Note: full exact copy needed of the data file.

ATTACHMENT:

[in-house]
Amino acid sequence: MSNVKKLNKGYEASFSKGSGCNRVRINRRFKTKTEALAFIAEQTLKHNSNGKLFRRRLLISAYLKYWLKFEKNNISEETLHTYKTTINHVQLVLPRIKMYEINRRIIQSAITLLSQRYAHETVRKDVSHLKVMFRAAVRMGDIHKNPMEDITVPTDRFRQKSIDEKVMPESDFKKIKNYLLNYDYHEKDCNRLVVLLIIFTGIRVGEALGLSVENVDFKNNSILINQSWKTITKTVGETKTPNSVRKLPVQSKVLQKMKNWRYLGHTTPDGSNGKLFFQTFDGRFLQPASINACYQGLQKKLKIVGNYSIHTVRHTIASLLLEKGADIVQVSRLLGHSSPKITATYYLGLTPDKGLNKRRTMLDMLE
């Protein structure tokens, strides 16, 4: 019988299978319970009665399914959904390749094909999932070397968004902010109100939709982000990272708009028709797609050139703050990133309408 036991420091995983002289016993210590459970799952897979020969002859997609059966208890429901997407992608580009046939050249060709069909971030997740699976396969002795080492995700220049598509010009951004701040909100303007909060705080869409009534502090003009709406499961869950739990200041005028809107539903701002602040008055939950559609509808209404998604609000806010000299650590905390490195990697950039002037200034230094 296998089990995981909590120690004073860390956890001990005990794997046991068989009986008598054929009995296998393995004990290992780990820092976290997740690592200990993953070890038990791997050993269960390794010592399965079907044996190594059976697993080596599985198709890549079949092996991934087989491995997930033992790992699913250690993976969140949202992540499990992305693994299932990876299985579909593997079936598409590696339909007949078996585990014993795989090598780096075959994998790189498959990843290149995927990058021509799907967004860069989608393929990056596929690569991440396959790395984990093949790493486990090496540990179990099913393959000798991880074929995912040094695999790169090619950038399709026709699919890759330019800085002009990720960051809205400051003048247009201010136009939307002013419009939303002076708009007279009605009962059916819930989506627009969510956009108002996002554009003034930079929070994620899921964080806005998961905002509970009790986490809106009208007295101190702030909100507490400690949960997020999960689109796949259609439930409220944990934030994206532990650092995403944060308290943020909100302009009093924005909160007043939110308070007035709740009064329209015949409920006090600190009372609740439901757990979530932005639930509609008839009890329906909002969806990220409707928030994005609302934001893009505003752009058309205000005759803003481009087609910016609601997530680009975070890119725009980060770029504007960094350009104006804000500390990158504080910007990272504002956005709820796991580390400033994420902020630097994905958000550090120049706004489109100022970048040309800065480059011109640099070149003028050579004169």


[in-house]
Amino acid sequence: MSNVKKLNKGYEASFSKGSGCNRVRINRRFKTKTEALAFIAEQTLKHNSNGKLFRRRLLISAYLKYWLKFEKNNISEETLHTYKTTINHVQLVLPRIKMYEINRRIIQSAITLLSQRYAHETVRKDVSHLKVMFRAAVRMGDIHKNPMEDITVPTDRFRQKSIDEKVMPESDFKKIKNYLLNYDYHEKDCNRLVVLLIIFTGIRVGEALGLSVENVDFKNNSILINQSWKTITKTVGETKTPNSVRKLPVQSKVLQKMKNWRYLGHTTPDGSNGKLFFQTFDGRFLQPASINACYQGLQKKLKIVGNYSIHTVRHTIASLLLEKGADIVQVSRLLGHSSPKITATYYLGLTPDKGLNKRRTMLDMLE
């Protein structure tokens, strides 16, 4: 019988299978319970009665399914959904390749094909999932070397968004902010109100939709982000990272708009028709797609050139703050990133309408 036991420091995983002289016993210590459970799952897979020969002859997609059966208890429901997407992608580009046939050249060709069909971030997740699976396969002795080492995700220049598509010009951004701040909100303007909060705080869409009534502090003009709406499961869950739990200041005028809107539903701002602040008055939950559609509808209404998604609000806010000299650590905390490195990697950039002037200034230094 296998089990995981909590120690004073860390956890001990005990794997046991068989009986008598054929009995296998393995004990290992780990820092976290997740690592200990993953070890038990791997050993269960390794010592399965079907044996190594059976697993080596599985198709890549079949092996991934087989491995997930033992790992699913250690993976969140949202992540499990992305693994299932990876299985579909593997079936598409590696339909007949078996585990014993795989090598780096075959994998790189498959990843290149995927990058021509799907967004860069989608393929990056596929690569991440396959790395984990093949790493486990090496540990179990099913393959000798991880074929995912040094695999790169090619950038399709026709699919890759330019800085002009990720960051809205400051003048247009201010136009939307002013419009939303002076708009007279009605009962059916819930989506627009969510956009108002996002554009003034930079929070994620899921964080806005998961905002509970009790986490809106009208007295101190702030909100507490400690949960997020999960689109796949259609439930409220944990934030994206532990650092995403944060308290943020909100302009009093924005909160007043939110308070007035709740009064329209015949409920006090600190009372609740439901757990979530932005639930509609008839009890329906909002969806990220409707928030994005609302934001893009505003752009058309205000005759803003481009087609910016609601997530680009975070890119725009980060770029504007960094350009104006804000500390990158504080910007990272504002956005709820796991580390400033994420902020630097994905958000550090120049706004489109100022970048040309800065480059011109640099070149003028050579004169």